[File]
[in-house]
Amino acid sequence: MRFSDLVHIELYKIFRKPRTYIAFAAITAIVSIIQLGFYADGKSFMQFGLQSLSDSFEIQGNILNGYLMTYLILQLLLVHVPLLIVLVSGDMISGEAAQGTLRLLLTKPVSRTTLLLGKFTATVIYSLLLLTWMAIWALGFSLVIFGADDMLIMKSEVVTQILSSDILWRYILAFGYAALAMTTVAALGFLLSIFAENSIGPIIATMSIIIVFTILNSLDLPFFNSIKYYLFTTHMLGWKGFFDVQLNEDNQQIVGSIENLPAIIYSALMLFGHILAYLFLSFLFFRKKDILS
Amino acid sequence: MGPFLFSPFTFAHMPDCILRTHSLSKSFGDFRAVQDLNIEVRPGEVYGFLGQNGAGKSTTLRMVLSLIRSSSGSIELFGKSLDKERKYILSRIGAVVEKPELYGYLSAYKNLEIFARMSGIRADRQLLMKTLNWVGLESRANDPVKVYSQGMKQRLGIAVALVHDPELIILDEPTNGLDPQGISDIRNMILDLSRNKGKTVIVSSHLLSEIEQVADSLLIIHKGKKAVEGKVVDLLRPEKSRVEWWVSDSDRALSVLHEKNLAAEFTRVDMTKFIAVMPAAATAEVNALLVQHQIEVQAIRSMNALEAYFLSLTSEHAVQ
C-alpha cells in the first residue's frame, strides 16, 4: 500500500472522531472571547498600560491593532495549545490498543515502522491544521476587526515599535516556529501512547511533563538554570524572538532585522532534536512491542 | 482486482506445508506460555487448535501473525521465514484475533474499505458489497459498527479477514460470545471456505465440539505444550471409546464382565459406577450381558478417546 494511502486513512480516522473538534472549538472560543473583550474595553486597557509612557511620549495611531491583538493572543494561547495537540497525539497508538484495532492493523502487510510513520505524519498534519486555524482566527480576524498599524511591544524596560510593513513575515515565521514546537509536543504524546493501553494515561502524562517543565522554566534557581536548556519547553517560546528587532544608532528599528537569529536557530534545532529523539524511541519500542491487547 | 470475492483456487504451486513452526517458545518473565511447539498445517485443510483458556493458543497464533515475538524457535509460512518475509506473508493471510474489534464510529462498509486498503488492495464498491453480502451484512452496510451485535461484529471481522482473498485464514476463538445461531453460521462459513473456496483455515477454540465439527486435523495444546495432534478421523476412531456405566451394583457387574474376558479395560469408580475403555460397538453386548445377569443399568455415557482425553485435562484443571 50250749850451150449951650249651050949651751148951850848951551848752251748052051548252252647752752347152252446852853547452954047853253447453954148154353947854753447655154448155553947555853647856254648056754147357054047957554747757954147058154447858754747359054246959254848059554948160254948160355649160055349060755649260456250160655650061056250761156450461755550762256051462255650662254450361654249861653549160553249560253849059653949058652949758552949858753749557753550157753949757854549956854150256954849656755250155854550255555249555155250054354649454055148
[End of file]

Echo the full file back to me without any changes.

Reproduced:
[in-house]
Amino acid sequence: MRFSDLVHIELYKIFRKPRTYIAFAAITAIVSIIQLGFYADGKSFMQFGLQSLSDSFEIQGNILNGYLMTYLILQLLLVHVPLLIVLVSGDMISGEAAQGTLRLLLTKPVSRTTLLLGKFTATVIYSLLLLTWMAIWALGFSLVIFGADDMLIMKSEVVTQILSSDILWRYILAFGYAALAMTTVAALGFLLSIFAENSIGPIIATMSIIIVFTILNSLDLPFFNSIKYYLFTTHMLGWKGFFDVQLNEDNQQIVGSIENLPAIIYSALMLFGHILAYLFLSFLFFRKKDILS
Amino acid sequence: MGPFLFSPFTFAHMPDCILRTHSLSKSFGDFRAVQDLNIEVRPGEVYGFLGQNGAGKSTTLRMVLSLIRSSSGSIELFGKSLDKERKYILSRIGAVVEKPELYGYLSAYKNLEIFARMSGIRADRQLLMKTLNWVGLESRANDPVKVYSQGMKQRLGIAVALVHDPELIILDEPTNGLDPQGISDIRNMILDLSRNKGKTVIVSSHLLSEIEQVADSLLIIHKGKKAVEGKVVDLLRPEKSRVEWWVSDSDRALSVLHEKNLAAEFTRVDMTKFIAVMPAAATAEVNALLVQHQIEVQAIRSMNALEAYFLSLTSEHAVQ
C-alpha cells in the first residue's frame, strides 16, 4: 500500500472522531472571547498600560491593532495549545490498543515502522491544521476587526515599535516556529501512547511533563538554570524572538532585522532534536512491542 | 482486482506445508506460555487448535501473525521465514484475533474499505458489497459498527479477514460470545471456505465440539505444550471409546464382565459406577450381558478417546 494511502486513512480516522473538534472549538472560543473583550474595553486597557509612557511620549495611531491583538493572543494561547495537540497525539497508538484495532492493523502487510510513520505524519498534519486555524482566527480576524498599524511591544524596560510593513513575515515565521514546537509536543504524546493501553494515561502524562517543565522554566534557581536548556519547553517560546528587532544608532528599528537569529536557530534545532529523539524511541519500542491487547 | 470475492483456487504451486513452526517458545518473565511447539498445517485443510483458556493458543497464533515475538524457535509460512518475509506473508493471510474489534464510529462498509486498503488492495464498491453480502451484512452496510451485535461484529471481522482473498485464514476463538445461531453460521462459513473456496483455515477454540465439527486435523495444546495432534478421523476412531456405566451394583457387574474376558479395560469408580475403555460397538453386548445377569443399568455415557482425553485435562484443571 50250749850451150449951650249651050949651751148951850848951551848752251748052051548252252647752752347152252446852853547452954047853253447453954148154353947854753447655154448155553947555853647856254648056754147357054047957554747757954147058154447858754747359054246959254848059554948160254948160355649160055349060755649260456250160655650061056250761156450461755550762256051462255650662254450361654249861653549160553249560253849059653949058652949758552949858753749557753550157753949757854549956854150256954849656755250155854550255555249555155250054354649454055148